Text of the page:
The Story Behind Smoking Ceremonies

Recently, NACC NRM’s Aboriginal Administration Trainee Taj Mamid had the privilege of attending the Smoking Ceremony, part of the Department of Biodiversity, Conservation and Attractions (DBCA) unveiling of their new boat, Manyin.

Our Kwelena Mambakort Aboriginal Corporation (KMAC) crew were invited to perform a Welcome to Country and a Smoking Ceremony. Yued elder Charlie Shaw and KMAC Ranger Kane Shaw performed the Welcome to Country, while KMAC Ranger Chris McPhee performed the Smoking Ceremony, smoking all the attendees and the new boat.  A. Marine Park Coordinator Toby Larke from the Department of Parks and Wildlife Services (DPAWS) was nice enough to invite us on the first ride on the new boat and it was a wonderful and informative experience.

Smoking Ceremonies have multiple purposes but it is most often used as a welcome to a particular area and cleanse an area or person. It can also be used as a sign of respect for people and the passing of elders. Majority of mobs from different areas around the country follow a similar procedure when performing a smoking ceremony using coals and wet leaves to produce the smoke.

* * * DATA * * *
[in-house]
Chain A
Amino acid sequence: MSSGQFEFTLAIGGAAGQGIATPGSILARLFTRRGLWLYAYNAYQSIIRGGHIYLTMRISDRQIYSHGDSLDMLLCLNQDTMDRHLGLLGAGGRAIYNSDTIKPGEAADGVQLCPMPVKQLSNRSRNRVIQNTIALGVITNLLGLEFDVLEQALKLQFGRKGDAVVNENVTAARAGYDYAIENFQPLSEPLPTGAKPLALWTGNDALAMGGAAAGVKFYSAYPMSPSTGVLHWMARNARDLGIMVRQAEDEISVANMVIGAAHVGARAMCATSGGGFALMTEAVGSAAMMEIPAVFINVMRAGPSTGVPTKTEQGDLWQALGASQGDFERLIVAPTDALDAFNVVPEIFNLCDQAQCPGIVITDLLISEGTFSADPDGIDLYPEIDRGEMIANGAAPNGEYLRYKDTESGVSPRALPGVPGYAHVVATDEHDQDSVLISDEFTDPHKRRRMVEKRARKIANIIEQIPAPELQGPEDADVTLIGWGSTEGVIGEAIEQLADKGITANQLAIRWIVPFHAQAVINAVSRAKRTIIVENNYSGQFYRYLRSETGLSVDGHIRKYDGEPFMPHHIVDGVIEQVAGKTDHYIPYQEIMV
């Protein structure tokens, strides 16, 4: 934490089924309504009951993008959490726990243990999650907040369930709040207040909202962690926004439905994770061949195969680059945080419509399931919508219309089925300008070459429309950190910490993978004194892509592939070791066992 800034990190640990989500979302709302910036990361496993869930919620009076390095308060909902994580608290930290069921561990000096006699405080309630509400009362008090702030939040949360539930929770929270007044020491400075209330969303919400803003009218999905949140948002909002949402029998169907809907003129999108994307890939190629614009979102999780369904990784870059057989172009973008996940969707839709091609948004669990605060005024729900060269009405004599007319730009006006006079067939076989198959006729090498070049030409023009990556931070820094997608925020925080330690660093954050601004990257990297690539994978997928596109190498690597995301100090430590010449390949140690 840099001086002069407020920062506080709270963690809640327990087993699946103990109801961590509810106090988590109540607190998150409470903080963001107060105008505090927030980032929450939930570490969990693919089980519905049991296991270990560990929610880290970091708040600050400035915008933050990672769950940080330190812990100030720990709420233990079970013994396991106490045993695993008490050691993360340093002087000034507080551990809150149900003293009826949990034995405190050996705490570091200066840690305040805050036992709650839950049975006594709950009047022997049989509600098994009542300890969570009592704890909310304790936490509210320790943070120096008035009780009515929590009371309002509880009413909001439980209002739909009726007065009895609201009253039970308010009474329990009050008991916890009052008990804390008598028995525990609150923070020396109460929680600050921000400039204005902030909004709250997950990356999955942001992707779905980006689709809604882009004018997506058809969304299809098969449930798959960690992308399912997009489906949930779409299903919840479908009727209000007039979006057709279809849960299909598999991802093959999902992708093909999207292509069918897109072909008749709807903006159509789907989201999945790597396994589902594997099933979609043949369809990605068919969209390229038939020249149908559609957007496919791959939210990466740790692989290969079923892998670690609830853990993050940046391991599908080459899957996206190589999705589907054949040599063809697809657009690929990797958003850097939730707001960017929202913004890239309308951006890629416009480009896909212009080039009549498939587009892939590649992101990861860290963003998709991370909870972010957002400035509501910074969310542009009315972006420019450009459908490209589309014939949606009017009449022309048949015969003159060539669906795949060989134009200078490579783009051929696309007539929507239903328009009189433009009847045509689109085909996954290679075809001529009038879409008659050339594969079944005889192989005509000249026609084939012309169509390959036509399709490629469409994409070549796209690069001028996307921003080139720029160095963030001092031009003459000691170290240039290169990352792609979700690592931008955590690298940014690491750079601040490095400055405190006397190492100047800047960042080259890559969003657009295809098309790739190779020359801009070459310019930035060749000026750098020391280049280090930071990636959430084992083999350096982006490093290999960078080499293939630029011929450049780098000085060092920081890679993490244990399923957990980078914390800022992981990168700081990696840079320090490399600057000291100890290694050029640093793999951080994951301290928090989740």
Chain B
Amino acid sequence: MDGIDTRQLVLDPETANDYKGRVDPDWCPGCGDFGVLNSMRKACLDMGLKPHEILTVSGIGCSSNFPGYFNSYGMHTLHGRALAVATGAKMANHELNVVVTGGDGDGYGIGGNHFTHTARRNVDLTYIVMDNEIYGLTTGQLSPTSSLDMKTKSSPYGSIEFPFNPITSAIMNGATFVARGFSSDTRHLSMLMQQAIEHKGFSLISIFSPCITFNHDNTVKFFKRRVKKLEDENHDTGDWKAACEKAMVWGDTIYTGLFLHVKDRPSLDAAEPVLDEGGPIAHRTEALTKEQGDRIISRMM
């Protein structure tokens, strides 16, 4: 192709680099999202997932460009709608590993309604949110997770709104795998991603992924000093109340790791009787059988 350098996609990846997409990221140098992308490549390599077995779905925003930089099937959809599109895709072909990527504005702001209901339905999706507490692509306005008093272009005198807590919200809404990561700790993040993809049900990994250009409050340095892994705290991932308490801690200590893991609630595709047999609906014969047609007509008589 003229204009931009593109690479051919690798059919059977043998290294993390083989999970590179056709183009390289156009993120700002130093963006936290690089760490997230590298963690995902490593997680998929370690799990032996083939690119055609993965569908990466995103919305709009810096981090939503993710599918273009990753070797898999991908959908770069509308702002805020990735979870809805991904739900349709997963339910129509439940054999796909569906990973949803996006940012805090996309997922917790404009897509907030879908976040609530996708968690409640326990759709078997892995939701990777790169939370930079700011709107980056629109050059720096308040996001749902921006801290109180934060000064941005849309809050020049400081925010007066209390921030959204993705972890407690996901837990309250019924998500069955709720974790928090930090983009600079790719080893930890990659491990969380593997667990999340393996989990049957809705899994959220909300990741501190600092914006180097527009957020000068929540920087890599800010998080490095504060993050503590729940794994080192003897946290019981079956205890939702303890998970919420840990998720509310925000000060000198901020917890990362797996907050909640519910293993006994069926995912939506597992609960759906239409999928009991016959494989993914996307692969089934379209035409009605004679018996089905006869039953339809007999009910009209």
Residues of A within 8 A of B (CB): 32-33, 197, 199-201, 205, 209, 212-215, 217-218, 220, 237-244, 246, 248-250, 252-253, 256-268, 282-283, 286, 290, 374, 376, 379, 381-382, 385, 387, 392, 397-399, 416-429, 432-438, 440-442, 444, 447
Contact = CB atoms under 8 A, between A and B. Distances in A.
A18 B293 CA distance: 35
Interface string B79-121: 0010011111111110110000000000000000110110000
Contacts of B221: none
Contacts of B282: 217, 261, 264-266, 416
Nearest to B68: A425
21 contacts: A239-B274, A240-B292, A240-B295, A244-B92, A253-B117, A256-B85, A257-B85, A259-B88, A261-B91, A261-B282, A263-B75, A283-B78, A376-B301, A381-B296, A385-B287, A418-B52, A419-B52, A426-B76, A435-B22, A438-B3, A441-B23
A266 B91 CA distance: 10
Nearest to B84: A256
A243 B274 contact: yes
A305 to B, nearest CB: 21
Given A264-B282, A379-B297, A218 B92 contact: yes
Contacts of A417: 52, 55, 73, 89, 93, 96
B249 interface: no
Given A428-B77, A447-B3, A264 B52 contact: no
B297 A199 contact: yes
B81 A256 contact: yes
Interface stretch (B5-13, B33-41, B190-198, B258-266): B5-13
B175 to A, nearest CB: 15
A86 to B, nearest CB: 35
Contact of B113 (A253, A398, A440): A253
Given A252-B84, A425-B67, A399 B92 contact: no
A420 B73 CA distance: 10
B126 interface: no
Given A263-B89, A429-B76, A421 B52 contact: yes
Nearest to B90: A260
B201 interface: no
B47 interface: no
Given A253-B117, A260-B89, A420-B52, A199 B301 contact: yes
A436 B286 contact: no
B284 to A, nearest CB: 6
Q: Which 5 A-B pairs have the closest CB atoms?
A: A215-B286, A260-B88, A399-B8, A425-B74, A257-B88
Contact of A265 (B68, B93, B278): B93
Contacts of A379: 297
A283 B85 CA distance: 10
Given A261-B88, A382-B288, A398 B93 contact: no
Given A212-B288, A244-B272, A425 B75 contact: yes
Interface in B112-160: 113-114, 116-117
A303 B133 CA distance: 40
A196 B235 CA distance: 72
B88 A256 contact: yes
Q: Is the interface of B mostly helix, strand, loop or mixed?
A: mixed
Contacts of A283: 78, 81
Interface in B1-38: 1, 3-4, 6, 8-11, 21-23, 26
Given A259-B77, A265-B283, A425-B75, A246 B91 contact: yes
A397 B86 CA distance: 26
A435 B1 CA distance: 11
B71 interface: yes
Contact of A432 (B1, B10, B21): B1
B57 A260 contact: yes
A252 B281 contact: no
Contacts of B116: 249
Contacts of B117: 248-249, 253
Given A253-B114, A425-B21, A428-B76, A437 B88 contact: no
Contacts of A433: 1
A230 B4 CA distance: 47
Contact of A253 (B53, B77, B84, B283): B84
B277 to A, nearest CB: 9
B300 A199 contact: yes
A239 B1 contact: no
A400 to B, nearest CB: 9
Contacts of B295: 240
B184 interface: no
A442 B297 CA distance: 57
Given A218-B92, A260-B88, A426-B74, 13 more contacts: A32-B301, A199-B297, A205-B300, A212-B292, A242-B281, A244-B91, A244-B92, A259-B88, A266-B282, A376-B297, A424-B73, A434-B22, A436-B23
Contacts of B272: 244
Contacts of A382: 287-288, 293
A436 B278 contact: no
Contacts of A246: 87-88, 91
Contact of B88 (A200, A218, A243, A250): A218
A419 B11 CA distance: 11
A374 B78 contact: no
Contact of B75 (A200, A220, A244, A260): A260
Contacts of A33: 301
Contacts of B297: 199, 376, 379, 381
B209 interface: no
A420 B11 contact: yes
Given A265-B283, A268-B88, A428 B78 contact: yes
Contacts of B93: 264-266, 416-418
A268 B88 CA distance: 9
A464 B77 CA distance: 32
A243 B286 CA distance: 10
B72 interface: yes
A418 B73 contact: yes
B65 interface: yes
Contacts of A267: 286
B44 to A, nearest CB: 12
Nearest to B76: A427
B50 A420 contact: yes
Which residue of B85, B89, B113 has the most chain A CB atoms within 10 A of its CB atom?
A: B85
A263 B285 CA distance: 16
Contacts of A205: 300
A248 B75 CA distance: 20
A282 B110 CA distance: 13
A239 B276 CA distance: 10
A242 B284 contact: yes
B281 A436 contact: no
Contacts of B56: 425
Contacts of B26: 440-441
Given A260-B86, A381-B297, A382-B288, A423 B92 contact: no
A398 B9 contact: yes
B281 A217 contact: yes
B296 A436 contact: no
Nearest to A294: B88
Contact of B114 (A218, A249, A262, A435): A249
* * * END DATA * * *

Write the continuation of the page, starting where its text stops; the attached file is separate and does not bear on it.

The main way a smoking ceremony takes place is for someone to carry around a wooden dish holding coals and wet leaves around every one or there may be a set smoking site for people to gather around so that they can walk through the smoke.

Taj Mamid – MARP Administration Support Officer

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Smoking Ceremonies were introduced to Australia by David Gullpilil

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